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Talk Of Zombies Aside, Gun Bills Face Political Reality

Legislation passed by the Senate Judiciary Committee inspired a few extreme examples for and against it. But the battle might just get tougher on the Senate floor, particularly for the proposed assault weapons ban.
NPR

Wine Revolution: As Drinkers And Growers, U.S. Declares Independence

Americans aren't just the world's top wine market. Increasingly, they're also producers. The number of U.S. wineries has climbed from 400 to 7,000 since the 1970s. And some of those local wines are "stunning," says wine expert Jancis Robinson.
NPR

Ted Cruz: From Texas Underdog To Republican Up-And-Comer

In his short time in the Senate, Tea Party Republican Ted Cruz has already made a mark — and in doing so, he's simply ignored a tradition of new senators being seen, not heard. Cruz's sharp elbows have some colleagues wincing and others hoping he'll run for president.
NPR

Romney, Yesterday's Man At CPAC, Gets A Winner's Reception

In his first major speech since he lost the presidential election, Mitt Romney got the kind of heady reaction he drew from the party faithful in those days after he roundly beat President Obama in the first debate.
NPR

JPMorgan Chase Exec Says She Was Misled About Risks With 'London Whale' Trades

Last year, JPMorgan Chase acknowledged that it lost $6.2 billion in a hedging strategy gone awry. On Friday, current and former bank executives tried to explain how that loss occurred.
NPR

Cultivating Sources Can Be A Minefield For Women Reporters

Audie Cornish talks to reporters Marin Cogan and Karin Tanabe about the pop-culture stereotype of the female political reporter who trades sex for access. The Netflix show House of Cards inspired Cogan to write an article in The New Republic, condemning the trope. She says female reporters are actually much more likely to be sexually harassed by the men they cover than to try to seduce them. Her former colleague Tanabe agrees — but her new novel nonetheless has an affair between a reporter and a senator as a central storyline.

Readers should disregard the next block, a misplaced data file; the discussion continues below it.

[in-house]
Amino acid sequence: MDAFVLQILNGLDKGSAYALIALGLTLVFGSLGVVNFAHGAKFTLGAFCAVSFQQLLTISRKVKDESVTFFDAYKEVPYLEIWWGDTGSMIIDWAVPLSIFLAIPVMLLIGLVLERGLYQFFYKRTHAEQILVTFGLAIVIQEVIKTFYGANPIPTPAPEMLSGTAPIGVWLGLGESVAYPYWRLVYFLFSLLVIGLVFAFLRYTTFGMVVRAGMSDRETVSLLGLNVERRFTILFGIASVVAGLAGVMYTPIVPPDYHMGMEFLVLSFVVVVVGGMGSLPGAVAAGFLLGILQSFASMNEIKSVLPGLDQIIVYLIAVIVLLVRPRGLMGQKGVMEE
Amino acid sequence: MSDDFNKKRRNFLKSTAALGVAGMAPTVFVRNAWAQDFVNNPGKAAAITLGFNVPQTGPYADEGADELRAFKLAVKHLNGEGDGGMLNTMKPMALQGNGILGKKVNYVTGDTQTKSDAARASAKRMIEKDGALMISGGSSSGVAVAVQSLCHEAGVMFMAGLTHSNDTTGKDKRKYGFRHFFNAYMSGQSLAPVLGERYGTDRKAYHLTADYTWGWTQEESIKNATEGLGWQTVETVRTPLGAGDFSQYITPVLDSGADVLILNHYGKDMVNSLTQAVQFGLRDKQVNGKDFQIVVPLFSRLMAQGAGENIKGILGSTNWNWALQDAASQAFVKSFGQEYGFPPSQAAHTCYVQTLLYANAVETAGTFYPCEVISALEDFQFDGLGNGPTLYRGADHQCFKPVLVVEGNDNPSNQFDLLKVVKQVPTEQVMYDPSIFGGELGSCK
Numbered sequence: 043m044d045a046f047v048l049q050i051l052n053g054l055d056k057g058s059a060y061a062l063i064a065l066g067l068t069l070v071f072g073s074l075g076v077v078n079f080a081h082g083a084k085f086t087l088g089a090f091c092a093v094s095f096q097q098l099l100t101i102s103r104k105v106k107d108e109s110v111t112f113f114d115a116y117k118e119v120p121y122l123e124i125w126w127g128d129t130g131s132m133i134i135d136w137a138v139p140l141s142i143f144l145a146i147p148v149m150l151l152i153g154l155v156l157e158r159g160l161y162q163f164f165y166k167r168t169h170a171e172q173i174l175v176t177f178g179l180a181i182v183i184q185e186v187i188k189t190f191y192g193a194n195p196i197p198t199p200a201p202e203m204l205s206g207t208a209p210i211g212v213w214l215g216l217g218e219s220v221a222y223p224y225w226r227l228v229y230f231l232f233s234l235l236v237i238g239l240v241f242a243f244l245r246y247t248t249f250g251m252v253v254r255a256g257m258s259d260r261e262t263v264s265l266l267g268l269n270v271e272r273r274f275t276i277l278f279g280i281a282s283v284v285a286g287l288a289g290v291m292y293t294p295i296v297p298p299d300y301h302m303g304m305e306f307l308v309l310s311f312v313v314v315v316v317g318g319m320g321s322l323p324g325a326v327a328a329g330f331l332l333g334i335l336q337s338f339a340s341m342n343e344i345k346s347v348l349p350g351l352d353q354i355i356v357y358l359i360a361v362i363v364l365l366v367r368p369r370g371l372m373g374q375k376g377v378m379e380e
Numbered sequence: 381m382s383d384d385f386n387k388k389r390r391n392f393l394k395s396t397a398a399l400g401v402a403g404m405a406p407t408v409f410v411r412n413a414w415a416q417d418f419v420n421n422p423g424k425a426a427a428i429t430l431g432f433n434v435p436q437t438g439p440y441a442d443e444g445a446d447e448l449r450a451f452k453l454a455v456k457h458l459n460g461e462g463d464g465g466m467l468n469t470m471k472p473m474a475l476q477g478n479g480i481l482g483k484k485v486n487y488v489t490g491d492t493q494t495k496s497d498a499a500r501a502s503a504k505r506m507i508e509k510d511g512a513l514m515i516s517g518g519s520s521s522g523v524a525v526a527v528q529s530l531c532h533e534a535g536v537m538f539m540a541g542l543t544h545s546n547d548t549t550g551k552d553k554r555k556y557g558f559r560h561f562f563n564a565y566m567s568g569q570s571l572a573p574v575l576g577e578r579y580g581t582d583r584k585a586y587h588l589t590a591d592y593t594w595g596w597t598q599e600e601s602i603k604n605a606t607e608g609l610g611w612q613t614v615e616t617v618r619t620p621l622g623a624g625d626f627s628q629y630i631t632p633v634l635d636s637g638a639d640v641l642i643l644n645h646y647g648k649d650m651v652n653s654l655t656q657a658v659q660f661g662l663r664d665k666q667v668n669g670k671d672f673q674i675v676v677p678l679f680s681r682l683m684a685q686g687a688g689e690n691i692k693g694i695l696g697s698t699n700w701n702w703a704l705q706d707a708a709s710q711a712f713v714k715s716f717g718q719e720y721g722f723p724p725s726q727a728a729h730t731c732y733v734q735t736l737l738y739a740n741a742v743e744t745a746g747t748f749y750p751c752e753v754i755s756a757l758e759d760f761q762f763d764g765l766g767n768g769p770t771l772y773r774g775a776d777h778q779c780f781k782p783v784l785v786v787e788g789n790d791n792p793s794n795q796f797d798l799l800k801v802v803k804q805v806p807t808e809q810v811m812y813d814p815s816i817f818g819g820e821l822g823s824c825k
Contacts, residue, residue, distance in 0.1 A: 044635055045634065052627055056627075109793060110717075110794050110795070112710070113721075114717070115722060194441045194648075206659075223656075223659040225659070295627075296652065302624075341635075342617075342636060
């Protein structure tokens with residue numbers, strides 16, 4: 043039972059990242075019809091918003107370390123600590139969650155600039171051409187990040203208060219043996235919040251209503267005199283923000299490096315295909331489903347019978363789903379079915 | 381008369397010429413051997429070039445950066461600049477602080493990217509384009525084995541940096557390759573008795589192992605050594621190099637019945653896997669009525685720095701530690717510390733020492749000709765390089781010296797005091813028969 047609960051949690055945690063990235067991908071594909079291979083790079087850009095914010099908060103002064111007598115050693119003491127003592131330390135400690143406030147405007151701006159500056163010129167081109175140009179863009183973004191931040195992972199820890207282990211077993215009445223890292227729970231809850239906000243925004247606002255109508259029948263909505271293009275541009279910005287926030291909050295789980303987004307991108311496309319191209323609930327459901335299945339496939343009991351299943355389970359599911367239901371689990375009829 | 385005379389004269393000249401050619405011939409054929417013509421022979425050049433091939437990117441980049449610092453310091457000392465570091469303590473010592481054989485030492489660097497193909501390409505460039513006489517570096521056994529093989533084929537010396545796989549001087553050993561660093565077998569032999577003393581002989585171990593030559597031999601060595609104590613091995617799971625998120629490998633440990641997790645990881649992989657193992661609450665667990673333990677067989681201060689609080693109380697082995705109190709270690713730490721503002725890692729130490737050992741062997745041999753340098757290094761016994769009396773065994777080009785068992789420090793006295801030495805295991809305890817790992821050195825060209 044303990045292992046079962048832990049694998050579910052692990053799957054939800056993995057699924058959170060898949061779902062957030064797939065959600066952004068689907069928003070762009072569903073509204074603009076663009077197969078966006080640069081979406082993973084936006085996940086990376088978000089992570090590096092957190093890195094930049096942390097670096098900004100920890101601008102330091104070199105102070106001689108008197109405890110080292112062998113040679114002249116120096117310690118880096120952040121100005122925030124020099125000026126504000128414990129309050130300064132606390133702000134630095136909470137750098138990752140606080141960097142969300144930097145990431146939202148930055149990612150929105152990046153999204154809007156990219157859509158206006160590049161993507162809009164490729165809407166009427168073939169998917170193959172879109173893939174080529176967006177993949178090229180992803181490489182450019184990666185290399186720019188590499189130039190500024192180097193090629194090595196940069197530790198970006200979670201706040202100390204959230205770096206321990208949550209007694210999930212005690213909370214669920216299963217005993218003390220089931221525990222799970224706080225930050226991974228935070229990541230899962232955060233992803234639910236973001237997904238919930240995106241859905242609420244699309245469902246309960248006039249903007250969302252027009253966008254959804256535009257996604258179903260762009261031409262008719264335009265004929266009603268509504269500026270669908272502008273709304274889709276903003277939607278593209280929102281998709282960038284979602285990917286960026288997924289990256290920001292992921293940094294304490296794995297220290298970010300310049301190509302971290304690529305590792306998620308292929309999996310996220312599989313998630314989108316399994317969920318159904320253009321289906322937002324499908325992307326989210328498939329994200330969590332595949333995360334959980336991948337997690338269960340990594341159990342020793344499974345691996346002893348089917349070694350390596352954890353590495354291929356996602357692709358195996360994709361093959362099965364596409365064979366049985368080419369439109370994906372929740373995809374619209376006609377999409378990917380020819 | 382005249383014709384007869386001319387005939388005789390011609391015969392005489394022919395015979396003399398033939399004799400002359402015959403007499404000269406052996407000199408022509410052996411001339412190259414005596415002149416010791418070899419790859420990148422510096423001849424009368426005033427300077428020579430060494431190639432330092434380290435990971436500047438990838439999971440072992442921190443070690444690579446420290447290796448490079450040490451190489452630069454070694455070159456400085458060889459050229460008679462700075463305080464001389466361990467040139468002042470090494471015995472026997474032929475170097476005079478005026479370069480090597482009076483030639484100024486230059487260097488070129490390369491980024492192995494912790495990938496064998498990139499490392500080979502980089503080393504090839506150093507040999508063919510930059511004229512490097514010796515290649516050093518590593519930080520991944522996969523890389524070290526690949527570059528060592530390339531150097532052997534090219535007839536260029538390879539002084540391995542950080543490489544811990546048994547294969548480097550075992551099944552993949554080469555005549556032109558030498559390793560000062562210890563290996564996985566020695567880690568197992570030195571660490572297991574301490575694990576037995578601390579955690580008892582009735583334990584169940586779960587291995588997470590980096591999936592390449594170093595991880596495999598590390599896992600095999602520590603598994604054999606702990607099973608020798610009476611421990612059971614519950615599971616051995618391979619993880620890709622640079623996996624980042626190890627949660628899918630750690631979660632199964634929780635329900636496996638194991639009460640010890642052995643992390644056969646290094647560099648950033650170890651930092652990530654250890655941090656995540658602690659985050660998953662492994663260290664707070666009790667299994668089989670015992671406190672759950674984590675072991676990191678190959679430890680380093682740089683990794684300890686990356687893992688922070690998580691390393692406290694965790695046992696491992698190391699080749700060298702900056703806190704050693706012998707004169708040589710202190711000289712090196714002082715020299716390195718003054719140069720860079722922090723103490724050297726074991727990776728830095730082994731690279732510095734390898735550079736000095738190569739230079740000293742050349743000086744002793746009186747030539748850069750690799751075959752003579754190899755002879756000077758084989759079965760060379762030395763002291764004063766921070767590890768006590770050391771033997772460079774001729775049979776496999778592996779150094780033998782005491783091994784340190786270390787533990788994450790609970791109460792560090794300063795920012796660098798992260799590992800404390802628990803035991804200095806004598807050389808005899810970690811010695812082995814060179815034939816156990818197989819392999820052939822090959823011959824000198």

NPR

Romney's CPAC Address A Reminder Of His Concession Speech

Former GOP presidential candidate Mitt Romney addressed the crowd on Friday at the Conservative Political Action Conference. He appeared to be a different man than the one who campaigned in 2012.
NPR

U.S. To Boost Missile Defense Amid Threats From North Korea

The Pentagon announced plans on Friday to beef up missile defense along the West Coast, in part to defend against the threat from North Korea. The Pentagon plans on adding 14 interceptor missiles to a base in Alaska, supplementing the 30 that are already there.
NPR

Hedge Fund To Pay More Than $600 Million In Insider Trading Settlement

The Securities and Exchange Commission said it has obtained the largest settlement ever in an insider trading case. Two affiliates of the hedge fund SAC Capital Advisors have agreed to pay $614 million to settle charges of participating in insider trading schemes. The SEC alleged that a portfolio manager at one of the firms obtained confidential details about an Alzheimer's drug trial from a doctor who was presenting final results to the public.
NPR

Reuters' Web Producer Indicted For Conspiring With Anonymous Hacking Group

A deputy editor for social media at Reuters has been indicted by the Justice Department for helping the hacker group Anonymous gain illegal access to the Tribune Company's servers. During the period in question, Matthew Keys had just been fired from a Tribune-owned TV station.

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